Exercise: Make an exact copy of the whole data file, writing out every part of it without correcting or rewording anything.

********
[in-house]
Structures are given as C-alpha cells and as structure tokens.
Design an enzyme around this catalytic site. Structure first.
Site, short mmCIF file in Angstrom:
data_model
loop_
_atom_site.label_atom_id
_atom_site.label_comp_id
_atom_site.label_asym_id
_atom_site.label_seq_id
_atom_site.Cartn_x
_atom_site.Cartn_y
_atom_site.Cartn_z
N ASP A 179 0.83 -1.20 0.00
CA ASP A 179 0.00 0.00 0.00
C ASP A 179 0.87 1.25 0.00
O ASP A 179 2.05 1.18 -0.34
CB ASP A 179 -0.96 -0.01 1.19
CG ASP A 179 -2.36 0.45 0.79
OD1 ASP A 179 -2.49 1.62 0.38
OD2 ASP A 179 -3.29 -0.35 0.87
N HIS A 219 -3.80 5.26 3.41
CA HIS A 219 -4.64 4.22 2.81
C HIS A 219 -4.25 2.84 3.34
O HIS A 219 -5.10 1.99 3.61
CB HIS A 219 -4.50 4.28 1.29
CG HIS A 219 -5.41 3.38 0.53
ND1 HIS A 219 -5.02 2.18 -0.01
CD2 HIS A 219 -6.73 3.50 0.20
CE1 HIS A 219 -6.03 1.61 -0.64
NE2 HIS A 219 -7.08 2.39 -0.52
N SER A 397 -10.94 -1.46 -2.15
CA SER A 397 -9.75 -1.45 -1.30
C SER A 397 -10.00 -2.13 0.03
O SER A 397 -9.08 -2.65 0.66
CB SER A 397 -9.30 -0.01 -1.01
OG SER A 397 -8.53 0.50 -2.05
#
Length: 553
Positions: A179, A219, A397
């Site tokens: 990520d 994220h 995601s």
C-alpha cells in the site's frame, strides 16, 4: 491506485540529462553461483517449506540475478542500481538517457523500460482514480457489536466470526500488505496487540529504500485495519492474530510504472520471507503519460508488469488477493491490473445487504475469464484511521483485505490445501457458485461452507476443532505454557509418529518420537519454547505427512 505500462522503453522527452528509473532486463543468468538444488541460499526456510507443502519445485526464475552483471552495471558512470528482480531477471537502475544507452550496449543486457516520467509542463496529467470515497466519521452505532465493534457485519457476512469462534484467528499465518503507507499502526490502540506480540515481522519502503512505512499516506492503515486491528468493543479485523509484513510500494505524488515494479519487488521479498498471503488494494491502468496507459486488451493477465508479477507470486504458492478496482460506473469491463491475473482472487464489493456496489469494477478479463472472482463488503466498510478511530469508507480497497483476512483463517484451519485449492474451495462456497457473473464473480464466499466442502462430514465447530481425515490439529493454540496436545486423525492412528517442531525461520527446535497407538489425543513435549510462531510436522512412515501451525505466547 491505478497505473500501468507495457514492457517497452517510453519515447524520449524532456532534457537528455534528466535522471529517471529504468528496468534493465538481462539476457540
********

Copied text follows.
[in-house]
Structures are given as C-alpha cells and as structure tokens.
Design an enzyme around this catalytic site. Structure first.
Site, short mmCIF file in Angstrom:
data_model
loop_
_atom_site.label_atom_id
_atom_site.label_comp_id
_atom_site.label_asym_id
_atom_site.label_seq_id
_atom_site.Cartn_x
_atom_site.Cartn_y
_atom_site.Cartn_z
N ASP A 179 0.83 -1.20 0.00
CA ASP A 179 0.00 0.00 0.00
C ASP A 179 0.87 1.25 0.00
O ASP A 179 2.05 1.18 -0.34
CB ASP A 179 -0.96 -0.01 1.19
CG ASP A 179 -2.36 0.45 0.79
OD1 ASP A 179 -2.49 1.62 0.38
OD2 ASP A 179 -3.29 -0.35 0.87
N HIS A 219 -3.80 5.26 3.41
CA HIS A 219 -4.64 4.22 2.81
C HIS A 219 -4.25 2.84 3.34
O HIS A 219 -5.10 1.99 3.61
CB HIS A 219 -4.50 4.28 1.29
CG HIS A 219 -5.41 3.38 0.53
ND1 HIS A 219 -5.02 2.18 -0.01
CD2 HIS A 219 -6.73 3.50 0.20
CE1 HIS A 219 -6.03 1.61 -0.64
NE2 HIS A 219 -7.08 2.39 -0.52
N SER A 397 -10.94 -1.46 -2.15
CA SER A 397 -9.75 -1.45 -1.30
C SER A 397 -10.00 -2.13 0.03
O SER A 397 -9.08 -2.65 0.66
CB SER A 397 -9.30 -0.01 -1.01
OG SER A 397 -8.53 0.50 -2.05
#
Length: 553
Positions: A179, A219, A397
């Site tokens: 990520d 994220h 995601s």
C-alpha cells in the site's frame, strides 16, 4: 491506485540529462553461483517449506540475478542500481538517457523500460482514480457489536466470526500488505496487540529504500485495519492474530510504472520471507503519460508488469488477493491490473445487504475469464484511521483485505490445501457458485461452507476443532505454557509418529518420537519454547505427512 505500462522503453522527452528509473532486463543468468538444488541460499526456510507443502519445485526464475552483471552495471558512470528482480531477471537502475544507452550496449543486457516520467509542463496529467470515497466519521452505532465493534457485519457476512469462534484467528499465518503507507499502526490502540506480540515481522519502503512505512499516506492503515486491528468493543479485523509484513510500494505524488515494479519487488521479498498471503488494494491502468496507459486488451493477465508479477507470486504458492478496482460506473469491463491475473482472487464489493456496489469494477478479463472472482463488503466498510478511530469508507480497497483476512483463517484451519485449492474451495462456497457473473464473480464466499466442502462430514465447530481425515490439529493454540496436545486423525492412528517442531525461520527446535497407538489425543513435549510462531510436522512412515501451525505466547 491505478497505473500501468507495457514492457517497452517510453519515447524520449524532456532534457537528455534528466535522471529517471529504468528496468534493465538481462539476457540